Bail is money that some criminal defendants are required to deposit to guarantee that they will return to court if released from jail while their cases are pending. The judge sets the amount, and the money is deposited with the clerk of the court. It is returned after the case is finished.
Bail may be posted as "cash," or through a bond. A bond is a legal contract that requires someone to pay money if a defendant fails to return to court. It is guaranteed by the assets of the person who posted it, such as real estate, savings, or valuable personal property. A "surety" bond is one in which another person or a bail bond company – the "obligor" – undertakes to ensure that a defendant returns to court, upon penalty of losing the bail amount if the defendant fails to do so. An "appearance" bond is one in which the defendant him or herself is the obligor.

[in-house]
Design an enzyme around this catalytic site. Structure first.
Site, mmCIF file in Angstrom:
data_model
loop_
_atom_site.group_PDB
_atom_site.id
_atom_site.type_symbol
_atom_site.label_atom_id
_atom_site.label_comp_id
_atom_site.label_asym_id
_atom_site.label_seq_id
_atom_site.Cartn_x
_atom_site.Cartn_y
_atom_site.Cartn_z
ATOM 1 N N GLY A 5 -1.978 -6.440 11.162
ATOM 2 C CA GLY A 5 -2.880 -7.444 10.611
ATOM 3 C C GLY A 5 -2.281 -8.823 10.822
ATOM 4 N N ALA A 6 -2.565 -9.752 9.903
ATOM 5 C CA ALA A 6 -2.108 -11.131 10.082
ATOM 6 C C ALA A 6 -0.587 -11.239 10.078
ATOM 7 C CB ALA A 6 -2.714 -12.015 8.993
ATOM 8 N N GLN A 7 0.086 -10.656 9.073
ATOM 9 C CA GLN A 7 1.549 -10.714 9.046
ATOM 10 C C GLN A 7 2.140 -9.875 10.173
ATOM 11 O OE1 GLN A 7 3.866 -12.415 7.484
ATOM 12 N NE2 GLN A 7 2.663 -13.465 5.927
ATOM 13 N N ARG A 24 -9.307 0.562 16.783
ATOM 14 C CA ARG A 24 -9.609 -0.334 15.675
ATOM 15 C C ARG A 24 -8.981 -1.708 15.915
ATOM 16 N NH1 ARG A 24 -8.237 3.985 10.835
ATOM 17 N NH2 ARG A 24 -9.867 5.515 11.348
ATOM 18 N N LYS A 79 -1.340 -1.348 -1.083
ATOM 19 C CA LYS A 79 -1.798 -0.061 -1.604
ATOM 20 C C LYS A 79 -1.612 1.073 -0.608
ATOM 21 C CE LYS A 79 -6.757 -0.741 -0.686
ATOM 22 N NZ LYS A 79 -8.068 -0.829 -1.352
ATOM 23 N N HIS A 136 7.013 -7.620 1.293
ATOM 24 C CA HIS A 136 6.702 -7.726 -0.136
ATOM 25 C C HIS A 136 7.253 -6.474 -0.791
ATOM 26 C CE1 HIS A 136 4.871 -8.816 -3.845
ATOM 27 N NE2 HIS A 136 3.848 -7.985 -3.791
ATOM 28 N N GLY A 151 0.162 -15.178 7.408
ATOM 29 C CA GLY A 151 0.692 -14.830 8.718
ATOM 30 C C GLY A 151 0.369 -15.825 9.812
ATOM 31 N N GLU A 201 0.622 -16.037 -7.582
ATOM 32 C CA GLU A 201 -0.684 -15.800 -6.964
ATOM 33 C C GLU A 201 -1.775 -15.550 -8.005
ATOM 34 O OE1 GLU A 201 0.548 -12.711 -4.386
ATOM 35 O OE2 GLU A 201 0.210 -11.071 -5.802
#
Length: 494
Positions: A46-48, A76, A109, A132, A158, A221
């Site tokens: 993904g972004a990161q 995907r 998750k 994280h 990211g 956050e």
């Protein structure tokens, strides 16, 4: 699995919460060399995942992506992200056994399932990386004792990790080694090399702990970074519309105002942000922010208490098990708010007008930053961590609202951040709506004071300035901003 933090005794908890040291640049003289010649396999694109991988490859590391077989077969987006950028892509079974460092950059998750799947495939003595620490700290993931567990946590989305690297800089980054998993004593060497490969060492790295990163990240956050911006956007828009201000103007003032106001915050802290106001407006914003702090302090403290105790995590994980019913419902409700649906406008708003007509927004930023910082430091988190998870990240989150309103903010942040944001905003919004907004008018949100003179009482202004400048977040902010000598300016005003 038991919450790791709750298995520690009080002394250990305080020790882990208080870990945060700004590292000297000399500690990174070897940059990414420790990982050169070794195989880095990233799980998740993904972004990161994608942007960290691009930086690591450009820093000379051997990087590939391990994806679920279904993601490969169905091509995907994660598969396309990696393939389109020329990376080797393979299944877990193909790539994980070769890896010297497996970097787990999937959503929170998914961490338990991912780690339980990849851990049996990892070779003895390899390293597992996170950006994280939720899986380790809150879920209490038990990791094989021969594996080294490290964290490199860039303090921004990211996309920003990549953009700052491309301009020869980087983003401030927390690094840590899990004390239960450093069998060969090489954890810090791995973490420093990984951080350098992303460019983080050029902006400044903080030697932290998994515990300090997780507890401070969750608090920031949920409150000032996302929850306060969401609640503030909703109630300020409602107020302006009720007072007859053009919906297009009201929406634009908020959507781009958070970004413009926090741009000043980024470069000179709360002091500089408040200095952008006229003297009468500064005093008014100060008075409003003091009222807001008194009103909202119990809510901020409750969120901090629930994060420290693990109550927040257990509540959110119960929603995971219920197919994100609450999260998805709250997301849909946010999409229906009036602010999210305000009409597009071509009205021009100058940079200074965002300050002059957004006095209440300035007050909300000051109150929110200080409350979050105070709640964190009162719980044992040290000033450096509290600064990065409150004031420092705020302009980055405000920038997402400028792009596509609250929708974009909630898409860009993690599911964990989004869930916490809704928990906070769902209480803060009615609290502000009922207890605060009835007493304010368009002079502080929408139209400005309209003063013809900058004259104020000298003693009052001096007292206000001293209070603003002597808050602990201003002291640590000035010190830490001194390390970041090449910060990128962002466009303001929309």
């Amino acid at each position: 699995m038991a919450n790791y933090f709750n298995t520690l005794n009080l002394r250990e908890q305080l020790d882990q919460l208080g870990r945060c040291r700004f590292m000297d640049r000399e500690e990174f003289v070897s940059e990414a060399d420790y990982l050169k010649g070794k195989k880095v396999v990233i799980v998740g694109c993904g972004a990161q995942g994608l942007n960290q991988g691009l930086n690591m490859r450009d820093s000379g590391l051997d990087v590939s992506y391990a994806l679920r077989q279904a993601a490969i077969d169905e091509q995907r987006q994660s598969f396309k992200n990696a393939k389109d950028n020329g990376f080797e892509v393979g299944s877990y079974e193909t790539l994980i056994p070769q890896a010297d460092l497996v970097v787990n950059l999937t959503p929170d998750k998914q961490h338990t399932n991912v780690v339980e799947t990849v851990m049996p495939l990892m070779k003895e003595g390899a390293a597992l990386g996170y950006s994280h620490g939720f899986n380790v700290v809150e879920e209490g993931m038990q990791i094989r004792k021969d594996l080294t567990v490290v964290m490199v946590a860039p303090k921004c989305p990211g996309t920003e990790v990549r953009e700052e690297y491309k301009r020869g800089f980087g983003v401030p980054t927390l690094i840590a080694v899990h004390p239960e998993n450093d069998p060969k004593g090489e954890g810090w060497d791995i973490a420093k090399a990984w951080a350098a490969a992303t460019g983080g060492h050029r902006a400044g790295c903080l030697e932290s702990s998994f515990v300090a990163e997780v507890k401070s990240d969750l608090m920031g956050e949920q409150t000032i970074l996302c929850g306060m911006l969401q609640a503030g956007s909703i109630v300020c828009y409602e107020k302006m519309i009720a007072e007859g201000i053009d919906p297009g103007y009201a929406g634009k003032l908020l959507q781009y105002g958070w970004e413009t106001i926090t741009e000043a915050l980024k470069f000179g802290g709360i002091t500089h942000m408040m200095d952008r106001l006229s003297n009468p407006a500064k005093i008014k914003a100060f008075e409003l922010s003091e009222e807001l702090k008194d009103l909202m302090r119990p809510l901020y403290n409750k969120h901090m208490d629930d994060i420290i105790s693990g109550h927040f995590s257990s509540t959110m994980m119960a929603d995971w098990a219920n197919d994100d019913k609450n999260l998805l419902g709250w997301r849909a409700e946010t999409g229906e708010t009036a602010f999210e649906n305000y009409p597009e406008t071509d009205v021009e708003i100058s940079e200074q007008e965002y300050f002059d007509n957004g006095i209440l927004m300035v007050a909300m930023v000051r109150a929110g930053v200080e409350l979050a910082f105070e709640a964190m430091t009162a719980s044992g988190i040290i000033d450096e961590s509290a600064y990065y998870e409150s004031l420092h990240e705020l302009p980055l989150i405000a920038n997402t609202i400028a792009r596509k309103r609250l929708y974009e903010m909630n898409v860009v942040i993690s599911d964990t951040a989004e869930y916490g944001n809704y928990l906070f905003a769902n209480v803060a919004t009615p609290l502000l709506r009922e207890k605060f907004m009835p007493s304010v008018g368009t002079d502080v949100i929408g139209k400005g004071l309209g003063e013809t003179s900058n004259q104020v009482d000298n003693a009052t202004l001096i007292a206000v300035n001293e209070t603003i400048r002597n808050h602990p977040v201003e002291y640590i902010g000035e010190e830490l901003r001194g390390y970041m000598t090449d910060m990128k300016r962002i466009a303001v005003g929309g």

Most commonly, the court will direct that bail be posted in cash or as an insurance company bail bond. Often the bond amount will be higher than the cash alternative, because courts are aware that bond companies generally accept well less than 100% of the face value of the bond as security. Once cash bail or a bond is posted, the court has the authority to order a hearing (a "surety hearing"), to determine whether the bail money came from legal sources.
Although the law appears to require that the judge give at least two alternative ways of posting bail, a number of judges will set "cash only" bail. Unless a lawyer can persuade a reviewing court to change such an order, bail will then have to be posted in cash rather than as any type of bond.